At its peak under the Safavid Dynasty (1502-1722), the Iranian city of Isfahan was seen as so glorious that it was nicknamed “half the world” for its boulevards, palaces, covered bridges and mosques, many of which remain to this day. The city, now home to nearly two million people and the country’s third-largest, was a cultural crossroads that attracted people from all over the world.
The major artery that ran through the city was the Zayanderud River, a thoroughfare that nourished some of the earliest civilizations in recorded history and sustained the people of Isfahan down through modern times. But for two years the river has been bone dry.… Seguir leyendo »
At the end of June, Brazil’s state-controlled oil company, Petrobras, announced plans to invest $44 billion in the “pre-salt” oil fields in the country’s coastal waters, whose holdings of at least 50 billion barrels are one of the biggest oil finds of the past three decades.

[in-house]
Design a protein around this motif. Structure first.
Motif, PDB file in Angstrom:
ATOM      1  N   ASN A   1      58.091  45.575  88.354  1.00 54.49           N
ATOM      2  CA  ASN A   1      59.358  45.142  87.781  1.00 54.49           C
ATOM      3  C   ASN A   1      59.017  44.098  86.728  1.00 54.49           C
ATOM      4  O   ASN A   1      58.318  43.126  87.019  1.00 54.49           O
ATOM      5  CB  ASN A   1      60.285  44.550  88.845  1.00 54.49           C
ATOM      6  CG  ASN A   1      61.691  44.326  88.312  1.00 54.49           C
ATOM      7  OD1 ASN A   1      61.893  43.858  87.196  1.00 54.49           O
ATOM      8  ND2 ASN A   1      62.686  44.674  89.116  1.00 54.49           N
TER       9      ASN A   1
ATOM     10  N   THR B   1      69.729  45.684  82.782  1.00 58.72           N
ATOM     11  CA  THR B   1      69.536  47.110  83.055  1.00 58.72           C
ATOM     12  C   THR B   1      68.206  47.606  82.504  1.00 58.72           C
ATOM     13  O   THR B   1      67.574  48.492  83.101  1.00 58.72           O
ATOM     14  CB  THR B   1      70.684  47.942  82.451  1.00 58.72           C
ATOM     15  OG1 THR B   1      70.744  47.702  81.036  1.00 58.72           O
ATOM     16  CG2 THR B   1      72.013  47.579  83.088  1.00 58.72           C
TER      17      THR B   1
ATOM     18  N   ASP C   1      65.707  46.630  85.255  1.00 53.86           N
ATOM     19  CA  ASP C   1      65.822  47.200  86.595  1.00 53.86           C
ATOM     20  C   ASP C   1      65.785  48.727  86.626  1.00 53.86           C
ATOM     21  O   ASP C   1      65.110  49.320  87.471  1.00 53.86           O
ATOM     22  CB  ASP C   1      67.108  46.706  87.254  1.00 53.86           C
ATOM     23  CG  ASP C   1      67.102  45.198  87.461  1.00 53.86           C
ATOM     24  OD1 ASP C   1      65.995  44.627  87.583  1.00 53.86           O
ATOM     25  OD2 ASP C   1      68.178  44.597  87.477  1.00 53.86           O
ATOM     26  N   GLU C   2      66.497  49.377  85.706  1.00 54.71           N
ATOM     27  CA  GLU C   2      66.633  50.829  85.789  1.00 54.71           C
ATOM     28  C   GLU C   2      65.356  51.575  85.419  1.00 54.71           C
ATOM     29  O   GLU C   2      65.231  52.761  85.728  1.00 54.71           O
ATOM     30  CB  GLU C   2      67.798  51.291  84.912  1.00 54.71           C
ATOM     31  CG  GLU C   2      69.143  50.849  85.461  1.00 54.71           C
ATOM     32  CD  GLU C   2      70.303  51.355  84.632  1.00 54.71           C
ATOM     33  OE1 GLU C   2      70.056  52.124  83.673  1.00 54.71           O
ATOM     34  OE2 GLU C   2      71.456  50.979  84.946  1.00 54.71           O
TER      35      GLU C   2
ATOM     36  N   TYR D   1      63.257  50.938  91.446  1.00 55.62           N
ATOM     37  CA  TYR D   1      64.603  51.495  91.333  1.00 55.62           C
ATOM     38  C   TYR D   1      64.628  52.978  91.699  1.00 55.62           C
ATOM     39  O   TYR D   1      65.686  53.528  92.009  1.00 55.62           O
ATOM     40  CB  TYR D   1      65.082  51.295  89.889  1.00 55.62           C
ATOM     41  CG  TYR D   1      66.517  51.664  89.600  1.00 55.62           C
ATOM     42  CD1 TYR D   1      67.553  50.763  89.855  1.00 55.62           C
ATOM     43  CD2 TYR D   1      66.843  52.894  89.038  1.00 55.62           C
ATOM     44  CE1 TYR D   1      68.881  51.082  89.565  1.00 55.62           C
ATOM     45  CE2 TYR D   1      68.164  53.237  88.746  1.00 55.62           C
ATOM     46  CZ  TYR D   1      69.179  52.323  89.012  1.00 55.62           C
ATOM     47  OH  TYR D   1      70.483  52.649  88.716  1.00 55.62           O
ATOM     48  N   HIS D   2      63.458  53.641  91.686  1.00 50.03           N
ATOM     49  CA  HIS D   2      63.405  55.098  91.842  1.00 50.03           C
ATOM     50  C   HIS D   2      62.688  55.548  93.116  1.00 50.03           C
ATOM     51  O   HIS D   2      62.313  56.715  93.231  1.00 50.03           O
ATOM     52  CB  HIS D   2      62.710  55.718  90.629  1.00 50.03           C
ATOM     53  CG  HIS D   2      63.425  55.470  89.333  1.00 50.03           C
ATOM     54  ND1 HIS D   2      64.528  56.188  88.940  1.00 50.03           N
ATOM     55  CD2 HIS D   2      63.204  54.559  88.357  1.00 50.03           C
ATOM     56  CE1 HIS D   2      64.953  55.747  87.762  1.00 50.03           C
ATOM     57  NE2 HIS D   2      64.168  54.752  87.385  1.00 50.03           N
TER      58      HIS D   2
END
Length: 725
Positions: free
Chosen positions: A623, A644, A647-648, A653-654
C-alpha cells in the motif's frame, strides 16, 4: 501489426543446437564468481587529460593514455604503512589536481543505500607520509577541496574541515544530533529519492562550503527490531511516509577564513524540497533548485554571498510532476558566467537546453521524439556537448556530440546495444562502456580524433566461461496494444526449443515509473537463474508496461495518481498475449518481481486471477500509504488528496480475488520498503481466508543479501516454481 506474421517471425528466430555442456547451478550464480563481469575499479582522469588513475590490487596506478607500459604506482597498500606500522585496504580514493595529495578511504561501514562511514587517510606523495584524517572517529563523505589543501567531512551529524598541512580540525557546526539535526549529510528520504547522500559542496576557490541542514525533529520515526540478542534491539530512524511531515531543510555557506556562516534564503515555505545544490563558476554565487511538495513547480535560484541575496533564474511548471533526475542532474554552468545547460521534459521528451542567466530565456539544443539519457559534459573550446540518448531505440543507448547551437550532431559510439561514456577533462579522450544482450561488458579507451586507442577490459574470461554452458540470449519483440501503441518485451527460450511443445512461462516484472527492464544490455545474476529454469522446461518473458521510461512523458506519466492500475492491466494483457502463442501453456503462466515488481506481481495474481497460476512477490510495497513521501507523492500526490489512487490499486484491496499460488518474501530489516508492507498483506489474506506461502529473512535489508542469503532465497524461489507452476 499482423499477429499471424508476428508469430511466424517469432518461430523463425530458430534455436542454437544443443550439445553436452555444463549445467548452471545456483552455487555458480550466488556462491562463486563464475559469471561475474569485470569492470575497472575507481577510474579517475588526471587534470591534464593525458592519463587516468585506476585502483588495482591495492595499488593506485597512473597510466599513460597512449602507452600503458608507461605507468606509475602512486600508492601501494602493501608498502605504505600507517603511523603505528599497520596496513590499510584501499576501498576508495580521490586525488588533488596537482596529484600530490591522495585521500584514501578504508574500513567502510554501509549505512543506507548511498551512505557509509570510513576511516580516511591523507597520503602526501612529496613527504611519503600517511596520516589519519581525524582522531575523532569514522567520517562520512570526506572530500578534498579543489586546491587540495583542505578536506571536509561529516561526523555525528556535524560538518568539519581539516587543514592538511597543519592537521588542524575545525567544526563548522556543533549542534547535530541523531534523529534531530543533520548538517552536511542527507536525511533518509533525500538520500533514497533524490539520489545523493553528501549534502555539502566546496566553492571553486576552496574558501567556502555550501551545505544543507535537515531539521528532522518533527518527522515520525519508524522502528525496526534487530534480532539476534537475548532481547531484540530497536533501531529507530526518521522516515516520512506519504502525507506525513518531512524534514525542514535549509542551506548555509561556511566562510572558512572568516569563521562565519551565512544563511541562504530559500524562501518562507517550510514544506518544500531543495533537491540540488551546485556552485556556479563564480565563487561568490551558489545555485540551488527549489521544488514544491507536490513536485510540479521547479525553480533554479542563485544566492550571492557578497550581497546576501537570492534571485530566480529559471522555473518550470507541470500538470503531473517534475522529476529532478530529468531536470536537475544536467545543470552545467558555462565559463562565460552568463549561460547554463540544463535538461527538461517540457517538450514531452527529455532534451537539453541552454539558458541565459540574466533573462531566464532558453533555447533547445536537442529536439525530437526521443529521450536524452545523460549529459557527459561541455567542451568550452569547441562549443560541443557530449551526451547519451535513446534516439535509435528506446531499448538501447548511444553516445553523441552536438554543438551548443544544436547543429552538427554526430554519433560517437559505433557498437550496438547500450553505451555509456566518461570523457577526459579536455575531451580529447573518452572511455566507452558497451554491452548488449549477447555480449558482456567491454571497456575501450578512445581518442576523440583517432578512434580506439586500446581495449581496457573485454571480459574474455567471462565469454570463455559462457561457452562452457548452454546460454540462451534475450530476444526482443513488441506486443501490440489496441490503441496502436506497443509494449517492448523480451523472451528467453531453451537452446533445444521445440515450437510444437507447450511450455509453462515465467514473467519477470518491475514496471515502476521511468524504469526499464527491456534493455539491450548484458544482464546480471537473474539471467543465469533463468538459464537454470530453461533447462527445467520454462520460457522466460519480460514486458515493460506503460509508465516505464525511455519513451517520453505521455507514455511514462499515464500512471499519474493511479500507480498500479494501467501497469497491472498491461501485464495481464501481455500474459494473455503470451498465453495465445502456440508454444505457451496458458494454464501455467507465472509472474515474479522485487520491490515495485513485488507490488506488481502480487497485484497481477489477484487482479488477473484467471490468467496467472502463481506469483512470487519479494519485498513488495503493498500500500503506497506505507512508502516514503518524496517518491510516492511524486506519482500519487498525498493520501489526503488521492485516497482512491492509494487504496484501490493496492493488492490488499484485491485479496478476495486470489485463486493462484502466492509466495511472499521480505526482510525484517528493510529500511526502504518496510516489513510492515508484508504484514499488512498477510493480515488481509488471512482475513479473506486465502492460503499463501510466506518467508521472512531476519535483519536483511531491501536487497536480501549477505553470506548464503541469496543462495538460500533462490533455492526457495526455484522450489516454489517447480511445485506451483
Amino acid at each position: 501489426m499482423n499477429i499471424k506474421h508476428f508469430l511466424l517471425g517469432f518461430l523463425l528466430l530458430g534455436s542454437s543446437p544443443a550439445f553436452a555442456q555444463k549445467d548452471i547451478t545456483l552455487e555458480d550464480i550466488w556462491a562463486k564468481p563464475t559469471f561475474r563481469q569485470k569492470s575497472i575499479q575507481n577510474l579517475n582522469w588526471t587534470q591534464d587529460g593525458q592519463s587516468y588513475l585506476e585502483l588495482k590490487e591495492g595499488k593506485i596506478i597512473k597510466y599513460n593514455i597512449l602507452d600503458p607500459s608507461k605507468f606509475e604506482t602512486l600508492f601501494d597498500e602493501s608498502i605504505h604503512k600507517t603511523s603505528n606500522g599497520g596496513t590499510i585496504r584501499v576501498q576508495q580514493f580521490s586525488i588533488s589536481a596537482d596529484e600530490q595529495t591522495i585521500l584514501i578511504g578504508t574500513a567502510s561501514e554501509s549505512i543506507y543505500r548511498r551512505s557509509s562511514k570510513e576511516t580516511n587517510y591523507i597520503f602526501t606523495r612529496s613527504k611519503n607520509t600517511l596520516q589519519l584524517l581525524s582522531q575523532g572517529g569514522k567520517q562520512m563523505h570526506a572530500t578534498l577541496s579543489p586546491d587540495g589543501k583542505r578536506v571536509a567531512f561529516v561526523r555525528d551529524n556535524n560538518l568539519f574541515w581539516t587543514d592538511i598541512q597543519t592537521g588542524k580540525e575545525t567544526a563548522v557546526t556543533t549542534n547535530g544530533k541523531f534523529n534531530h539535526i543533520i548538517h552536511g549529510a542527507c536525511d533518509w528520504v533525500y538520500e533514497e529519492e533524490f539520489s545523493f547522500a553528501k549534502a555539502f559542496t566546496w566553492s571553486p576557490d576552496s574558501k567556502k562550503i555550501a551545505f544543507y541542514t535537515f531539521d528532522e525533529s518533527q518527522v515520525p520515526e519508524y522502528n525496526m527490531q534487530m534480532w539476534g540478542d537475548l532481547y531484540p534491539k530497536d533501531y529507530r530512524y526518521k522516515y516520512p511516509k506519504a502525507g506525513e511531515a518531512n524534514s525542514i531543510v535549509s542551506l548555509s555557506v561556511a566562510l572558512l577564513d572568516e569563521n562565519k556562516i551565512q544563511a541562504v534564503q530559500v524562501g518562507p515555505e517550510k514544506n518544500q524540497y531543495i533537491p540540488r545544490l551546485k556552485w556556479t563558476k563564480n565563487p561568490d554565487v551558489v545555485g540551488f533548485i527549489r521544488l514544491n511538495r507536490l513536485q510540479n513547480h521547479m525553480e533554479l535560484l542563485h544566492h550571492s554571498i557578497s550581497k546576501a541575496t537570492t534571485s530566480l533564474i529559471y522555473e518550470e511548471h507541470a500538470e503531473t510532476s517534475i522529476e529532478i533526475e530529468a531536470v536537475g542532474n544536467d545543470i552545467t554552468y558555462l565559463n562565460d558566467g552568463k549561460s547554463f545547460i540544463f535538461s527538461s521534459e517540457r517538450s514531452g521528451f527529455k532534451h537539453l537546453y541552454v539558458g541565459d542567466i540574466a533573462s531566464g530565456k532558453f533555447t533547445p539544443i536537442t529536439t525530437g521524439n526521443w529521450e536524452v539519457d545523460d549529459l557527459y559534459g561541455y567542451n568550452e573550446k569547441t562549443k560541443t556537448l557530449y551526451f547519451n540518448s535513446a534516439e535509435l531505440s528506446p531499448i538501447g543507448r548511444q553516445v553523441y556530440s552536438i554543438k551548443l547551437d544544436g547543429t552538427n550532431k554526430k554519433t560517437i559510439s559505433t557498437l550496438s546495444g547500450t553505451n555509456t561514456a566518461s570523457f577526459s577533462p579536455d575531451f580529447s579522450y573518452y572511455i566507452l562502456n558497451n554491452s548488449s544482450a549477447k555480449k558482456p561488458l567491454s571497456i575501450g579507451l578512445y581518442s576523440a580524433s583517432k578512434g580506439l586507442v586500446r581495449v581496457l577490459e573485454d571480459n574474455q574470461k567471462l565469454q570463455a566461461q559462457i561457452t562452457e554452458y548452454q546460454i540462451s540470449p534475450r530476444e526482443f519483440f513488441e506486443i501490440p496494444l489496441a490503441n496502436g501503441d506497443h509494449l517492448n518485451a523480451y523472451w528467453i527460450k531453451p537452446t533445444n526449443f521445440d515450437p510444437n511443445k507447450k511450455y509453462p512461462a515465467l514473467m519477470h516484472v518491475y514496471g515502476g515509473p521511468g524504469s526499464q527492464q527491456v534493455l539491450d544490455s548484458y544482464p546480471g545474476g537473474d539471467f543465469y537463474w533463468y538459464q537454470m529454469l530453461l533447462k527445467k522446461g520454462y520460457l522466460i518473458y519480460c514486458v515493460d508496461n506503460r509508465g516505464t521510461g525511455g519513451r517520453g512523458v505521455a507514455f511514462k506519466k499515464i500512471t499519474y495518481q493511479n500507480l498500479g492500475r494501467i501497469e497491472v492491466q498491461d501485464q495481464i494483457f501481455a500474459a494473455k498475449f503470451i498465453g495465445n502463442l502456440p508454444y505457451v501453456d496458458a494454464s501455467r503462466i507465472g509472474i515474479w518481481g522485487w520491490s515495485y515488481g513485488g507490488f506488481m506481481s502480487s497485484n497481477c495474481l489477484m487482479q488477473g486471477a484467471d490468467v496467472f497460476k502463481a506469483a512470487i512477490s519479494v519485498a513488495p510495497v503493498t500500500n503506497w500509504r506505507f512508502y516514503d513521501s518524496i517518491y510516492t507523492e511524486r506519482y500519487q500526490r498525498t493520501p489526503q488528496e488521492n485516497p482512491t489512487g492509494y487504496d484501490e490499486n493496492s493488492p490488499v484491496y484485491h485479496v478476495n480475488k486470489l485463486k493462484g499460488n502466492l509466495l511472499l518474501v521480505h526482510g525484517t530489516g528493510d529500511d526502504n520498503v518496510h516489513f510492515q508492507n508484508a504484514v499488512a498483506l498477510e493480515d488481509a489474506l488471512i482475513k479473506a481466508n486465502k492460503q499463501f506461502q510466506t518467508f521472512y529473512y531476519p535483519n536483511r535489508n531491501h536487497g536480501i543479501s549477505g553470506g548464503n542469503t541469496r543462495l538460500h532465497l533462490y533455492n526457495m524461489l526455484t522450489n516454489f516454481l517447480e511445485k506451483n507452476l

Extracting this oil from its ultra-deep-water home will be a fantastic technological achievement — a tribute to how we can now harvest energy resources from the most extreme environments. From deep water drilling for oil to fracking for gas and arctic mining, there are no more limits.
This is astonishing. But it should also be alarming.… Seguir leyendo »
En 2050, Asia tendrá más de cinco mil millones de habitantes, mientras que la proporción de la Unión Europea en la población mundial pasará del 9% al 5%. El promedio del crecimiento económico anual en Asia durante los últimos 30 años ha sido de un 5% y se proyecta que su PIB aumente de $30 billones a unos $230 billones en 2050. El equilibrio de poder del siglo XXI -en términos sociales, económicos y posiblemente políticos- está cambiando del oeste al este.
Las inquietudes de Occidente sobre un inminente «siglo asiático» se derivan principalmente del precedente de la geopolítica del siglo XX, en que Occidente dominó naciones menos desarrolladas.… Seguir leyendo »
Try to imagine a world with three Americas. Three giant economic powerhouses, with citizens who buy, sell and consume, all in pursuit of their versions of the American Dream. Difficult to envision? But that’s where economists say we’re heading.
The broad consensus is that China will overtake the U.S to become the world’s biggest economy within two decades. And by 2050, India will be as big as well.
This prospect excites many people — those in business most of all, but also Asian governments. After decades of hard work and struggle, hundreds of millions stand on the brink of middle-class abundance.… Seguir leyendo »